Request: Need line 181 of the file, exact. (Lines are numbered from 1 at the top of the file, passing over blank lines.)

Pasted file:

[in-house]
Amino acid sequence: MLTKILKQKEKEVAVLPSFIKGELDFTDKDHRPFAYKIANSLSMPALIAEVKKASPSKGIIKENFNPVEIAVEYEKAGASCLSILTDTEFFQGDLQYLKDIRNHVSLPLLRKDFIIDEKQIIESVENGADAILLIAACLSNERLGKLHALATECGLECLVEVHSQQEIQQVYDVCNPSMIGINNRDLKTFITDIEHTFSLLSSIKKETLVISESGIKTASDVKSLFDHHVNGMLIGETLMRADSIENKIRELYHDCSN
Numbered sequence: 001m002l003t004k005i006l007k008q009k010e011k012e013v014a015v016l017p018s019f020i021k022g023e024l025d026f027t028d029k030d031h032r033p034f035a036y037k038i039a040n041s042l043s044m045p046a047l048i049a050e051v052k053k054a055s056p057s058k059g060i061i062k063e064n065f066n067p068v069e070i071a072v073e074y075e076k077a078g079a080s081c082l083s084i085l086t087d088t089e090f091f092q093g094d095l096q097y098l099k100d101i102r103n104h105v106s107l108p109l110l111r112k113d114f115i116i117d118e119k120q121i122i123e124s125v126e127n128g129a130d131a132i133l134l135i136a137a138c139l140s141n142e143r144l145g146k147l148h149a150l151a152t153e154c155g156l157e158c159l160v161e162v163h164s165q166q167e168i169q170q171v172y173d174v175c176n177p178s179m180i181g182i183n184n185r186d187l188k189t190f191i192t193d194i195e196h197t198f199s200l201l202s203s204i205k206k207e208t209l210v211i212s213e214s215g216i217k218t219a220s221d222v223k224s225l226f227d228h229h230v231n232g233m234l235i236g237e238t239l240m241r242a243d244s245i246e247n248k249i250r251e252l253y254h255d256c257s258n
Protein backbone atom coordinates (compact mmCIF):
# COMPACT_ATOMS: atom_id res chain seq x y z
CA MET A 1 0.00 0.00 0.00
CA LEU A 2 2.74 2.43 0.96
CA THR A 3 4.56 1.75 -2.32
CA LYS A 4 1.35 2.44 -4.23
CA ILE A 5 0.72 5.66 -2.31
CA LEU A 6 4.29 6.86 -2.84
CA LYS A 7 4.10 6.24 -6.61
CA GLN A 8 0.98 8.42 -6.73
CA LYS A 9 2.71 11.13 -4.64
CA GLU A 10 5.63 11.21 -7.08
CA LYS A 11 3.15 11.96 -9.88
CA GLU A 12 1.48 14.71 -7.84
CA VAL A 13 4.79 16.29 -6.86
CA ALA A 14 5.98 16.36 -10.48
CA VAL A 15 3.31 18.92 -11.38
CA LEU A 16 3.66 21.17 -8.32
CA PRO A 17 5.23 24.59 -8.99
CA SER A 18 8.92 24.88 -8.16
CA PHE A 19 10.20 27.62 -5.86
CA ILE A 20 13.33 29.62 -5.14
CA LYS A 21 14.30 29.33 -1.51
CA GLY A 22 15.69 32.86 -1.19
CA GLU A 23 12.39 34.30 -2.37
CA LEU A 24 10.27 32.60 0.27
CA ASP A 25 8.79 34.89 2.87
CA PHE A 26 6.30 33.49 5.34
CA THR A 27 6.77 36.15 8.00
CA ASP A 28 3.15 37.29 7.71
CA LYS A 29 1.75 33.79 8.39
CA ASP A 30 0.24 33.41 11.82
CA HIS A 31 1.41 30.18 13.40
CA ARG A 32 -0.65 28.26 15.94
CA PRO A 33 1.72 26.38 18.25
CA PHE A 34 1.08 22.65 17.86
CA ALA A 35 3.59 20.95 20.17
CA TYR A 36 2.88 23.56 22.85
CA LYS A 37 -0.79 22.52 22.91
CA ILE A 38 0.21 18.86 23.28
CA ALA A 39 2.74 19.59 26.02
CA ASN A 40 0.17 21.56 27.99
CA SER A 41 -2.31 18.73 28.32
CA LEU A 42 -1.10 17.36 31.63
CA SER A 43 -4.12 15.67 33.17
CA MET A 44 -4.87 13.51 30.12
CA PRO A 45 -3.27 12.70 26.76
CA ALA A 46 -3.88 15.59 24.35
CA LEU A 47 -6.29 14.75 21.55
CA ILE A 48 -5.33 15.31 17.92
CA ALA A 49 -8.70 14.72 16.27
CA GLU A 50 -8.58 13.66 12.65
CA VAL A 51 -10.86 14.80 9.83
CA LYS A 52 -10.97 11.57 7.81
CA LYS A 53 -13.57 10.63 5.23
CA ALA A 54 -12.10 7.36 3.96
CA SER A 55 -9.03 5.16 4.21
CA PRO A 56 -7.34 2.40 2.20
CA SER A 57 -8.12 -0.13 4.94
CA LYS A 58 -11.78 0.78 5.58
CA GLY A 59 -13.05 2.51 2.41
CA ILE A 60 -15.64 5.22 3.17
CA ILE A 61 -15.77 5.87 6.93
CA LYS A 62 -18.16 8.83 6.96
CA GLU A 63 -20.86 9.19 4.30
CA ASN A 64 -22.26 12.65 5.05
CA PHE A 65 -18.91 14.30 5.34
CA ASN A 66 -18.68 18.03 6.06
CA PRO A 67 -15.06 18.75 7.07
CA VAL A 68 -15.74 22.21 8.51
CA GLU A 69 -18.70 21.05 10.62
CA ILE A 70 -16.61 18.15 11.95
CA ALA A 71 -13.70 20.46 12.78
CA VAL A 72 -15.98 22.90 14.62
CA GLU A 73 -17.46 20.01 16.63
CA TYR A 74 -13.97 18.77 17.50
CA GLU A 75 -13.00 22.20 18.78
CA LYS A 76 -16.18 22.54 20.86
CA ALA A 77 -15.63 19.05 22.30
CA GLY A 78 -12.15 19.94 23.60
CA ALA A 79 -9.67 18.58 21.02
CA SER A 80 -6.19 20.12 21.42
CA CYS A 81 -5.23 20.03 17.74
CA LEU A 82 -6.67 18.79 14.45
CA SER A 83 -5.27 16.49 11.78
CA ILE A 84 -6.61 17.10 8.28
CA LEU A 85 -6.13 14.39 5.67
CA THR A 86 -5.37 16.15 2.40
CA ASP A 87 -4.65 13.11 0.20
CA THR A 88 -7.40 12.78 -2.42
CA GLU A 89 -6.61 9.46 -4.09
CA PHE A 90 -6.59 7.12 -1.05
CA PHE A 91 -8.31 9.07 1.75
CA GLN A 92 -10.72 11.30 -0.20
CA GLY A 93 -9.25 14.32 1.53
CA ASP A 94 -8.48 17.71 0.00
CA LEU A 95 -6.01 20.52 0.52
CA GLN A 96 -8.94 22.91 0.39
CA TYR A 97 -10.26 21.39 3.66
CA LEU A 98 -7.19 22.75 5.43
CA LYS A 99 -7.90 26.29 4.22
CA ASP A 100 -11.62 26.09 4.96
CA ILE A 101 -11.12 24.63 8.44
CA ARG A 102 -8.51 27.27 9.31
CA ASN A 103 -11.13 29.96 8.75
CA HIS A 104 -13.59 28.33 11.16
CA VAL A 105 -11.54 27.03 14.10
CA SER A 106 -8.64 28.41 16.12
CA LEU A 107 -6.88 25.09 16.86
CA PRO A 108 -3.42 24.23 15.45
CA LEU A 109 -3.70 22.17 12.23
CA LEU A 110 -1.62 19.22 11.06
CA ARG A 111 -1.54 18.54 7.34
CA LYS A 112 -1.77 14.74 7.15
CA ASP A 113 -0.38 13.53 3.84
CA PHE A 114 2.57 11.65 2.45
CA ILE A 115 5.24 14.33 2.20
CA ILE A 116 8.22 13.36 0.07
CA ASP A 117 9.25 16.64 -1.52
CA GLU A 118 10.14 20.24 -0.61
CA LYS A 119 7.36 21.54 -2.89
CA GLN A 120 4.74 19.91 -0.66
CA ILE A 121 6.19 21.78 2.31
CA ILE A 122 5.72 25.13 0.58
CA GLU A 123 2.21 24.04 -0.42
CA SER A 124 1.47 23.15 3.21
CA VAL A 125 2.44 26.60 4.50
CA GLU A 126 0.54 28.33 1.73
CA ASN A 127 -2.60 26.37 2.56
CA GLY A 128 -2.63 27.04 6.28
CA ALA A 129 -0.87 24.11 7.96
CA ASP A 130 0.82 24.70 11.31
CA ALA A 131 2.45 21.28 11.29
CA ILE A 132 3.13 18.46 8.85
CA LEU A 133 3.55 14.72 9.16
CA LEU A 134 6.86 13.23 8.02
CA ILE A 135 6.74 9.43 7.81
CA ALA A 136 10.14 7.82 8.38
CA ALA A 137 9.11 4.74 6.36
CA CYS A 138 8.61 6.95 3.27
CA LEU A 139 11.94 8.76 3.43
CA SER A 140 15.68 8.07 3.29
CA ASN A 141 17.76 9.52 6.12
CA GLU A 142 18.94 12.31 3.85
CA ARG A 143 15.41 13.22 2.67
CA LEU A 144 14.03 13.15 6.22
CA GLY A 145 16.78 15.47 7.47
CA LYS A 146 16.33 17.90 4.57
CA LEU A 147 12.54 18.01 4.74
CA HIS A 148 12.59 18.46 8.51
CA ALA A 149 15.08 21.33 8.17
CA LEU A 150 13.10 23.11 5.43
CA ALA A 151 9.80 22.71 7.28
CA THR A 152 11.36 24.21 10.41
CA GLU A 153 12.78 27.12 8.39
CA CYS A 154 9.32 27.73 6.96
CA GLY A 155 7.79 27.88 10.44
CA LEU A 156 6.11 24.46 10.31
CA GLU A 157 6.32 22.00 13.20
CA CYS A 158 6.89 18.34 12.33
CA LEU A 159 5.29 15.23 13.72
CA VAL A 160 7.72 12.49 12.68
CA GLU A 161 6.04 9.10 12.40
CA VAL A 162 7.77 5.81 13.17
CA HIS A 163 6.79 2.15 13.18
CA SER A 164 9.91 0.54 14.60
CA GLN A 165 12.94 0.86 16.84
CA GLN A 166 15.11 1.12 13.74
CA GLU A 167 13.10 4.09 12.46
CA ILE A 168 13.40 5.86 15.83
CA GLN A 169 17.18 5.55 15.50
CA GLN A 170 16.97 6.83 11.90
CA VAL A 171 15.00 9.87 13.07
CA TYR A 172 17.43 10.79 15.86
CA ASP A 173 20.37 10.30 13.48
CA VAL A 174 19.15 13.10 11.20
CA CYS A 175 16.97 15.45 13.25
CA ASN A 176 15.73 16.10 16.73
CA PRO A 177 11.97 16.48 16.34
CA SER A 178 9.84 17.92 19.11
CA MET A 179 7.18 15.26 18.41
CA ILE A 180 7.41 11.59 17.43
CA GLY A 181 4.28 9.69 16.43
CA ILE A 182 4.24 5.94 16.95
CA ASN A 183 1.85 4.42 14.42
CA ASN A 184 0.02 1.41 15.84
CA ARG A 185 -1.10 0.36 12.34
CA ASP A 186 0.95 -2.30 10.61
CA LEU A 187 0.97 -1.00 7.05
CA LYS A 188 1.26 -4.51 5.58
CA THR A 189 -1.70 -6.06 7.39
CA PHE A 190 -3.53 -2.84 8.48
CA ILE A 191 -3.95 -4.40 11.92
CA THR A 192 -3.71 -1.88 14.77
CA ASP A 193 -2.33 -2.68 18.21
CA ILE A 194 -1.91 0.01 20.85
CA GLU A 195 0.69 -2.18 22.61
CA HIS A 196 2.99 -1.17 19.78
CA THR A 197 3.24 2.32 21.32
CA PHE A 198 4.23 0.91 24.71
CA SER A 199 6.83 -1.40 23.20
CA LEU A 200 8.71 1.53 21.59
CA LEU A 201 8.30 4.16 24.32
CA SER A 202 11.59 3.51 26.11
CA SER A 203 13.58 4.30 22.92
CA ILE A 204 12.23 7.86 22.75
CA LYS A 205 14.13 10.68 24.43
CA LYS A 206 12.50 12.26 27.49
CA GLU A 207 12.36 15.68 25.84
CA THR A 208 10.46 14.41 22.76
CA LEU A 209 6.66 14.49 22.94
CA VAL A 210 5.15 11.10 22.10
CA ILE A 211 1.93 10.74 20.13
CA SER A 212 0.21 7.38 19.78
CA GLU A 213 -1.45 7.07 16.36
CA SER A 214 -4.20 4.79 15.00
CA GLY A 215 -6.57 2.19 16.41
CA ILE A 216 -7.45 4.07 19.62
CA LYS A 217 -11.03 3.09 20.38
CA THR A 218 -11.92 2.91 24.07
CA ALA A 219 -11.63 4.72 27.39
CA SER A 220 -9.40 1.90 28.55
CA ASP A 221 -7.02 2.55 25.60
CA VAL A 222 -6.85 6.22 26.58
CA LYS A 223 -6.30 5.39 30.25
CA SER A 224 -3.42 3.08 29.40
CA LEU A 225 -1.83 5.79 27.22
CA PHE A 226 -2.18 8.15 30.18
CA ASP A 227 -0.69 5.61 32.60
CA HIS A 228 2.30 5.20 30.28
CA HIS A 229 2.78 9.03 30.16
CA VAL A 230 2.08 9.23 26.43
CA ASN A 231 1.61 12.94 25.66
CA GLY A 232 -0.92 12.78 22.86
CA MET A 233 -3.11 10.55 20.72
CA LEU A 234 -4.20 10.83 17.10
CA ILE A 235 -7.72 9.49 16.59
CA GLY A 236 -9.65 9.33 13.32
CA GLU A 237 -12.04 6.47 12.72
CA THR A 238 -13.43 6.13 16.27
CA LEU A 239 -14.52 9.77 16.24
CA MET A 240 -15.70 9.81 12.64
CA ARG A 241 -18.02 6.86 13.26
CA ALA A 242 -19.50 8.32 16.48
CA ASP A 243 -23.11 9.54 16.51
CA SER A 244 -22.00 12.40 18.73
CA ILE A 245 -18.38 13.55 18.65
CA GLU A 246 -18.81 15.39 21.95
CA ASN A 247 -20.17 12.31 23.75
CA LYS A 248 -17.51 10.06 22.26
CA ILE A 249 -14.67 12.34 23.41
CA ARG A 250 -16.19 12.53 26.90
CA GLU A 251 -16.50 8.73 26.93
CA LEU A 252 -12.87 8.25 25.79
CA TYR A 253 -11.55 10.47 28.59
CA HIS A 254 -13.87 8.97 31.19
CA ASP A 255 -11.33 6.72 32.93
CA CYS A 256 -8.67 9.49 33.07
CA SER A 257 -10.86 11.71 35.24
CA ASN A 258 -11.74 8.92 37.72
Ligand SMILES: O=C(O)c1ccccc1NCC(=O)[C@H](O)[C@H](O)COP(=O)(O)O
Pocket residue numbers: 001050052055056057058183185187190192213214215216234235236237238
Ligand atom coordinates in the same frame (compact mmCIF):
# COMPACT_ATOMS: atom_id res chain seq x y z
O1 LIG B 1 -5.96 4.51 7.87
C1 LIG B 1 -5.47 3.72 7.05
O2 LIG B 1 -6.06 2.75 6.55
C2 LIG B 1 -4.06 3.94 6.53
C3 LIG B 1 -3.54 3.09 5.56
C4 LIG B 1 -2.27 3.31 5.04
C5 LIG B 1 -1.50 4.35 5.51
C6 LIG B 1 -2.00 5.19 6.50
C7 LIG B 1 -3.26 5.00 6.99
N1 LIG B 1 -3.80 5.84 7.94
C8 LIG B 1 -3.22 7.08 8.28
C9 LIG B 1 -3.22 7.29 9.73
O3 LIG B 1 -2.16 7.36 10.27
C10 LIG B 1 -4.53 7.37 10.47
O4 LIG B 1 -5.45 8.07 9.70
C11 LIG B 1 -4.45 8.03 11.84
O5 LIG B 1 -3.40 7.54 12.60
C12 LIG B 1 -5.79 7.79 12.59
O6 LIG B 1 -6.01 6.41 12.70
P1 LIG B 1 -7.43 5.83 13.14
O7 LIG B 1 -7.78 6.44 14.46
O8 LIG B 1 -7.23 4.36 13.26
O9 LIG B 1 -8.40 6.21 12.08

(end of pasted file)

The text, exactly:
CA ASN A 176 15.73 16.10 16.73